How Robots Are Killing Customer Service

Here is the live audio and powerpoint from a recent presentation I gave called, “The 5 Things Your Customers Aren’t Telling You.” This is number 3, “Stop Hiding Behind Walls Of Robots.” It’s all about how companies think they’re saving money by replacing humans with machines but sometimes machines can’t do jobs as well as humans, especially when it comes to customer service. I brought the point to life with a funny little story about eBay and their wonderfully inept automated email response system. I hope you enjoy the video, including the intro and outro ditties I worked up on my girlfriend’s old Yamaha synth.


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  1. daftrok says:

    Dude just Google the question I’m sure its there.

  2. Ghede says:

    @daftrok: Despite what you may think, google does NOT have all the answers.

  3. PinkBox says:

    That was actually quite enjoyable.

    Scary how often companies resort to the form letters. I had a question about my credit card recently and could NOT get a reply about it at all online.

    Calling didn’t help either, since they couldn’t understand me, and I couldn’t understand them.

    I don’t think I’m going to be keeping that credit card.

  4. dragonfire81 says:

    It comes down to cost. Those annoying, sometimes inefficient automated systems are WAAAY cheaper than having a real person on the end of the phone all the time.

    Remember, today’s customer service is about spending as little money as you can on service and cutting corners wherever possible.

  5. DeadWriter says:

    I had a vender on an auction site tell me that they weren’t going to ship the product and that they just stole my money. I immediately notified the auction site and went through the process. They couldn’t do anything for months, regardless of the email that was sent through their system. I got surveys asking me to rate the transaction and to rate customer service before anything was resolved. How does one answer a survey before the problem is resolved ? I get a feeling that a lot of people will answer more positively, in hopes that the aphorism of “more flies with honey than vinegar” holds true.

    I never actually talked to a human being, but eventually I did get a refund, as per their policy.

  6. dragonfire81 says:

    Oh and for the record, I generally avoid emailing companies because I can’t stand the form letters either. Especially when they have NOTHING to do with why I contacted them to begin with.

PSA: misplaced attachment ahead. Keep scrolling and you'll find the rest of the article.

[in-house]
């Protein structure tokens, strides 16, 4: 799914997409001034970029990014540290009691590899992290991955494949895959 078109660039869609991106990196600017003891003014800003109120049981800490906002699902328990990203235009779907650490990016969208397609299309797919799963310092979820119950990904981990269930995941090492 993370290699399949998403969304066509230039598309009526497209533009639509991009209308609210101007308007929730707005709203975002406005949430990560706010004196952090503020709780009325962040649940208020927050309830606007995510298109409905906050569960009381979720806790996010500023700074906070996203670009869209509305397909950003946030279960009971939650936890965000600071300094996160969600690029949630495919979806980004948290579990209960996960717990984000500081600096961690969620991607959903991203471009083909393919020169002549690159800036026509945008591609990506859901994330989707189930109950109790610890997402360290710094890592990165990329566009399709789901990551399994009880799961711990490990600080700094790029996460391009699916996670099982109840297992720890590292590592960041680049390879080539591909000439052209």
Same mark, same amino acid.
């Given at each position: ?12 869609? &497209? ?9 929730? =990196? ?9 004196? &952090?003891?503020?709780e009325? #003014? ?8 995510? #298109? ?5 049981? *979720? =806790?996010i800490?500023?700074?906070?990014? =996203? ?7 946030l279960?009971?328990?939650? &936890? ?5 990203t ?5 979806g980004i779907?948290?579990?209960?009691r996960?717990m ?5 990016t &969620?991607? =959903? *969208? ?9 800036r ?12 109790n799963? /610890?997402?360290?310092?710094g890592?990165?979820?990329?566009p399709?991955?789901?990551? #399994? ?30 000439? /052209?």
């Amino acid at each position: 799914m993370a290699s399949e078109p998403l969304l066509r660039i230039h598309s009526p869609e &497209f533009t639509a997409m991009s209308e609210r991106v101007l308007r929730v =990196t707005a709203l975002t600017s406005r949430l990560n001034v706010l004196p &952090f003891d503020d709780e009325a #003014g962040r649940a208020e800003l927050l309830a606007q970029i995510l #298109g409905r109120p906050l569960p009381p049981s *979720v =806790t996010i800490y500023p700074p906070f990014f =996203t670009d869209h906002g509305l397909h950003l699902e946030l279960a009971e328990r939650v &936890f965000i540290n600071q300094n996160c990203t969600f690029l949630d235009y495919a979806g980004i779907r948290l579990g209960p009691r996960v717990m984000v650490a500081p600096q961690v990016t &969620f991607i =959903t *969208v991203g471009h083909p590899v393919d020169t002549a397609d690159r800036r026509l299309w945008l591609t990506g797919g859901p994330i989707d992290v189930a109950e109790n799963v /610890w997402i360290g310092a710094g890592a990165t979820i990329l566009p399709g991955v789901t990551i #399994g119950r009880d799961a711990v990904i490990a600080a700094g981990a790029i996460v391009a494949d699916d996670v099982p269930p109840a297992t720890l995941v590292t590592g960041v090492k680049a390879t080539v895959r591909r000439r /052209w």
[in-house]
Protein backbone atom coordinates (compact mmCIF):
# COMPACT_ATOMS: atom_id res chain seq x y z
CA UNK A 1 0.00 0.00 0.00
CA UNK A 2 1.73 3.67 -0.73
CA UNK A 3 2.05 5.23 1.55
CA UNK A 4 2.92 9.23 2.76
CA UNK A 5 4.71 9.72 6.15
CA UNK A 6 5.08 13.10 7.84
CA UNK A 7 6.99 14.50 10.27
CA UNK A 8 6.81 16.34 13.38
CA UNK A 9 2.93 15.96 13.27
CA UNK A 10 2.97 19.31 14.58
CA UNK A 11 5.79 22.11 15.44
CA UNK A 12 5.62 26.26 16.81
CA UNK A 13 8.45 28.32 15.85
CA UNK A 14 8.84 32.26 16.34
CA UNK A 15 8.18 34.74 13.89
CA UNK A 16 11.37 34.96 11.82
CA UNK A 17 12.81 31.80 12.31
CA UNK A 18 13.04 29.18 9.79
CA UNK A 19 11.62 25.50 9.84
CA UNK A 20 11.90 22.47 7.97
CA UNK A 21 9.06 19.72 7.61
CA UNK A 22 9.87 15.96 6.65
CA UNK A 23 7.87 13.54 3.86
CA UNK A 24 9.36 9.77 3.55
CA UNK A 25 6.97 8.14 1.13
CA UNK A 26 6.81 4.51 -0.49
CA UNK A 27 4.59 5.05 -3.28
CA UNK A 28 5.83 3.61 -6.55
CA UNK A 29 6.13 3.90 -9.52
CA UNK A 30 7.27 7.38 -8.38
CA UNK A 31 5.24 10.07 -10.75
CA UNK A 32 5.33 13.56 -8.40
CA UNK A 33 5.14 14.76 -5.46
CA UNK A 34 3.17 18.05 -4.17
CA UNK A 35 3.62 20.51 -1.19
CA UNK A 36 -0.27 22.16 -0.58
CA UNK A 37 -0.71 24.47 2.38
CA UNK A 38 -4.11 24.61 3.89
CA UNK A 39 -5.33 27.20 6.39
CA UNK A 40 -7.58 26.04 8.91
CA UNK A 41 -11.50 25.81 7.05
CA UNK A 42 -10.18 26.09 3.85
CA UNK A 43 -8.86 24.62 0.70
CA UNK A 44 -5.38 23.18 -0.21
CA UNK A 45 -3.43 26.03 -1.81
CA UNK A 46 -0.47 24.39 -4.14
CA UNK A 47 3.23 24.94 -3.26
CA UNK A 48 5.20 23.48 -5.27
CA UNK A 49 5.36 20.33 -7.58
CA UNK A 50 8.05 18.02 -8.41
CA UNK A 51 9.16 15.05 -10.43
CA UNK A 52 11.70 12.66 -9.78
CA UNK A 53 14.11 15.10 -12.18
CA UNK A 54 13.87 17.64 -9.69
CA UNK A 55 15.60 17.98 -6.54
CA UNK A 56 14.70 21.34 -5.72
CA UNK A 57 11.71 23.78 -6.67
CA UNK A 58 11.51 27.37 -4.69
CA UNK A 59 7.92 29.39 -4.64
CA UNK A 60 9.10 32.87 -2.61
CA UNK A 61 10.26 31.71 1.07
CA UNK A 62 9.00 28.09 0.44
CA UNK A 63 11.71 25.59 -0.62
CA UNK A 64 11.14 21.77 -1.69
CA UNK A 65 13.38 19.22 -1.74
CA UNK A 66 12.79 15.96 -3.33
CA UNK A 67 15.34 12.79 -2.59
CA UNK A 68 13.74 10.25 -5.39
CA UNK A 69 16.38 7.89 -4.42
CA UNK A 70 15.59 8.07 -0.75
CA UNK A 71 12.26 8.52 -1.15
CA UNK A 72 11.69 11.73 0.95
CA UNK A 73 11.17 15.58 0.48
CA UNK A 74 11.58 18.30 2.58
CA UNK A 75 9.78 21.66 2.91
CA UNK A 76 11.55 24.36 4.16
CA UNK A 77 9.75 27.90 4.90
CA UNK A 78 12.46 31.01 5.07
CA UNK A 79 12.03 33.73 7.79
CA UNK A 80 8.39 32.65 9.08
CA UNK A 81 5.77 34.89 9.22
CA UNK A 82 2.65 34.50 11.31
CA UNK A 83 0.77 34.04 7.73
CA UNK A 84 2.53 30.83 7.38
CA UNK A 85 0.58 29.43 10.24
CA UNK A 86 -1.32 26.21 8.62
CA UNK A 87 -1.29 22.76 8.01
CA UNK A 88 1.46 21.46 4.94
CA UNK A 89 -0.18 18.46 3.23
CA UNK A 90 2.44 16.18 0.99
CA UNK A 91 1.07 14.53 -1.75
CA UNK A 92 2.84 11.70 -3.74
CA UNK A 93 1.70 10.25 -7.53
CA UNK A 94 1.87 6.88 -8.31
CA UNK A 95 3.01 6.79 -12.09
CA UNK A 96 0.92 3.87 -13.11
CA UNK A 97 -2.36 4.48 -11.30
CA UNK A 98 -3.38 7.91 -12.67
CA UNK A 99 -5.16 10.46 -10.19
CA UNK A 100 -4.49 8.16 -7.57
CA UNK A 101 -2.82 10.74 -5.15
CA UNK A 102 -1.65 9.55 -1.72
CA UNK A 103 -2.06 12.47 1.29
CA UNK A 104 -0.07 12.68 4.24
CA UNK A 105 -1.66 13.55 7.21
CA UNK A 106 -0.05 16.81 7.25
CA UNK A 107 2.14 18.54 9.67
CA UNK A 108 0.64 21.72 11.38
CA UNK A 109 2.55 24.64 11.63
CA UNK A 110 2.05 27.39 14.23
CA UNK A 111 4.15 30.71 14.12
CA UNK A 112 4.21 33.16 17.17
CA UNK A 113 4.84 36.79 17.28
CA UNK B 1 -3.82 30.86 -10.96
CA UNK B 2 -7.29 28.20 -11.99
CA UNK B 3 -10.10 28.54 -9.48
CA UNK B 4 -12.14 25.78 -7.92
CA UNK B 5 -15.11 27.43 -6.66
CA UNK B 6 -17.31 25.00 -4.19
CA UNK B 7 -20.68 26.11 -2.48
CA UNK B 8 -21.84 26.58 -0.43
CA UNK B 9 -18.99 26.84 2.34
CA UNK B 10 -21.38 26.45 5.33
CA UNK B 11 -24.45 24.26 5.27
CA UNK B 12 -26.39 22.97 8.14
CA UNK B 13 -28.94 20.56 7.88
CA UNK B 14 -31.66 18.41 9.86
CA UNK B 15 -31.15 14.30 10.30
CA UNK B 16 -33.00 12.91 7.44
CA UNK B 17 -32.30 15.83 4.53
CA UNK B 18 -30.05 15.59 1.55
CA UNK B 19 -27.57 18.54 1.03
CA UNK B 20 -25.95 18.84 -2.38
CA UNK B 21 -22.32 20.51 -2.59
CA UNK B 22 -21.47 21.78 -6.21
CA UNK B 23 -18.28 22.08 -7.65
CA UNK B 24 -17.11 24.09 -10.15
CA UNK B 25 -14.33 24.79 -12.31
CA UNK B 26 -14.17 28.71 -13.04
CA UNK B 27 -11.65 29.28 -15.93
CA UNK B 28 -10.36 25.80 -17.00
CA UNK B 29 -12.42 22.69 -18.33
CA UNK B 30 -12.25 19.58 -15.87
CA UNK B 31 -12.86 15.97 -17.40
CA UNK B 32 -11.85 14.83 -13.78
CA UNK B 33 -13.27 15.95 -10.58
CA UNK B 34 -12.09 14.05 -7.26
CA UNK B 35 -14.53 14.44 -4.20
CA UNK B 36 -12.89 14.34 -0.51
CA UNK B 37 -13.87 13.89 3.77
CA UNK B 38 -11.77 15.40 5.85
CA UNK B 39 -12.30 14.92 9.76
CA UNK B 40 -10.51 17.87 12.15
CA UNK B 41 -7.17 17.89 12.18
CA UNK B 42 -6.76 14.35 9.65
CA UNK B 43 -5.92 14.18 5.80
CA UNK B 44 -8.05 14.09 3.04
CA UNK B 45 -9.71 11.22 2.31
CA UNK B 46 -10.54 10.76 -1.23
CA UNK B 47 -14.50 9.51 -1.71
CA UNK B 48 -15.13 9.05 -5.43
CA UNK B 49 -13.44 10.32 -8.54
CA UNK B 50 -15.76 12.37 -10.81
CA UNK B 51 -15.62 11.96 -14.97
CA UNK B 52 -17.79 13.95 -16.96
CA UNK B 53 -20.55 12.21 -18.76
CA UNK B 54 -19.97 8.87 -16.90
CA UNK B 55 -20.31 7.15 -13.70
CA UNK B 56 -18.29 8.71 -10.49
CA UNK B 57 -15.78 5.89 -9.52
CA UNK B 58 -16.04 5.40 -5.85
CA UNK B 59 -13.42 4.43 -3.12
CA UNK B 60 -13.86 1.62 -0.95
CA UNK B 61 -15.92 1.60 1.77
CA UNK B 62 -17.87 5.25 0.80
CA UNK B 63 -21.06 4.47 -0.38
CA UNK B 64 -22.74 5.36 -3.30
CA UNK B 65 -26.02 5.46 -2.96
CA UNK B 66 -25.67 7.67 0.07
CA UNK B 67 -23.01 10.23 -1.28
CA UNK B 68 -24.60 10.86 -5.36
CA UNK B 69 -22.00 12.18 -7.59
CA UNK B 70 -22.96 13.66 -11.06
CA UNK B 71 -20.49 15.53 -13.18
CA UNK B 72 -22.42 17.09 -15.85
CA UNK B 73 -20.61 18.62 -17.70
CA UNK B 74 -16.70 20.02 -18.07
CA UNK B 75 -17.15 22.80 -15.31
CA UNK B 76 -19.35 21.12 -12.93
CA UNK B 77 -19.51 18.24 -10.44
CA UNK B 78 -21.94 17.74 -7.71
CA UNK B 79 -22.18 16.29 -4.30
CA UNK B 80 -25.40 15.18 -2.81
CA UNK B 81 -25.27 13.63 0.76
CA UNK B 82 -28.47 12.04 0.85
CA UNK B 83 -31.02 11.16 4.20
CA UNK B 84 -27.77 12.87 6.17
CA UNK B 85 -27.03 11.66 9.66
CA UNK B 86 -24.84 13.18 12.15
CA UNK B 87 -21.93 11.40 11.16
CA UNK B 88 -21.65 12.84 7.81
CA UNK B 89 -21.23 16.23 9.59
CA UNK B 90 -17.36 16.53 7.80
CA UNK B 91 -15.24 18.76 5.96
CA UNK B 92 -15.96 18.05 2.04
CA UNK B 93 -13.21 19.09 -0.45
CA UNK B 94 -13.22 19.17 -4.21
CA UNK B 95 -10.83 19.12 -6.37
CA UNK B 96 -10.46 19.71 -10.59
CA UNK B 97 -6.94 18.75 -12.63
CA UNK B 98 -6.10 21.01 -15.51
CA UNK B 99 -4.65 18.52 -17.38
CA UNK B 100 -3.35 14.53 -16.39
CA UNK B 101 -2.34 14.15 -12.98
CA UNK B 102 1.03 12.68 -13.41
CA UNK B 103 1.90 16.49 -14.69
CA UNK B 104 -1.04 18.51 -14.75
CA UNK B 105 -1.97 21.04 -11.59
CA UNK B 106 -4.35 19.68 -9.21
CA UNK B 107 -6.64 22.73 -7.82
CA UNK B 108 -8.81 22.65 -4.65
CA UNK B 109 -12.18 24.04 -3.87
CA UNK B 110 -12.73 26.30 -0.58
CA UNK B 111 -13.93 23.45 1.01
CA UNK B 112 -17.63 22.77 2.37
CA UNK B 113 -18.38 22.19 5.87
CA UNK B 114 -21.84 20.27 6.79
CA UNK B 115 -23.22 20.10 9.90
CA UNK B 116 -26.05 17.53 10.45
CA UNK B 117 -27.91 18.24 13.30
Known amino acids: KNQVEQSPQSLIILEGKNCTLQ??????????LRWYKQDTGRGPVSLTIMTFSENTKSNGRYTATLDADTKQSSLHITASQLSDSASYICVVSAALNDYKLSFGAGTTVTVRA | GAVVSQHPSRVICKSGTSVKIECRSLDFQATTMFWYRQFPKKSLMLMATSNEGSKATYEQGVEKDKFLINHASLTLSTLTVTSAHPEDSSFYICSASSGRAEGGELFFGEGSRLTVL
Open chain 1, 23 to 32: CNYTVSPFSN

7. Anonymous says:

    @daftrok: Dude, just Dude the Dude I’m sure its Dude.

  8. pevans34 says:

    The form letters are annoying, but usually if I have to email someone to answer a question its generally not a question that I need answered right away.

    The more annoying robots are the ones at the end of phone lines. God I hate those automated systems that have me pushing buttons for ten minutes only to find out they dont have the answer in the prerecorded database. And its usually pretty damn hard to find out how to actually talk to a live person.

  9. mirolator says:

    Headline in 2018:

    “How Robots are Killing Customers”

  10. nrich239 says:

    Ben, is it possible to get/see the entire presentation?
    I’m curious to know that the other 4 were

  11. hi says:

    @nrich239: ditto more! please. :)

  12. Vroomtrap says:

    I usually press 0 or 9 or whatever I can to skip past any type of computer interaction. I hate dealing with these speech recognition systems that fail horribly at trying to understand what you want.

  13. The natural language IVR systems kill me. They try so hard to pander to the “needs” of people who want to speak to a person, but they often require you to speak out loud (in an office or cube, this can be tough) and they overdo it. “Yeah, okay. So it sounds like you want to rap with me about billing. Is that right? Just say yes or no.”

    Why am I verifying every answer? What else rhymes with billing? Oh, yeah–killing.

  14. Corydon says:

    @nrich239: @hi: Yes please…let’s see the entire thing. :)

  15. satoru says:

    @Joseph: Sometimes this works, but I’ve found recently that some systems this doesn’t work. It either continues to iterate the main menu, or it basically says “sorry I can’t understand you please call again”. Since they’re all voice and tone driven, they just assume that if you’re not speaking into the phone then you’re too much of a hassle.

  16. SigmundTheSeaMonster says:

    @Ash78: Yes! That reference wouldn’t be to the Verizon “Katie Couric-bot” now would it?

    This is why I dug Yahoo. I started up a website and it got complicated (I’m no proggy). So I call their biz# and wow, a real person, and friendly and solved my problem! I’m more worried MS will takeover and ruin it.

    Ben: great show (love the background laughter). And true to point that many companies would rather YOU figure it out. If you get through their first lines of defenses, you are reward with a survey! (ebay is perfect example)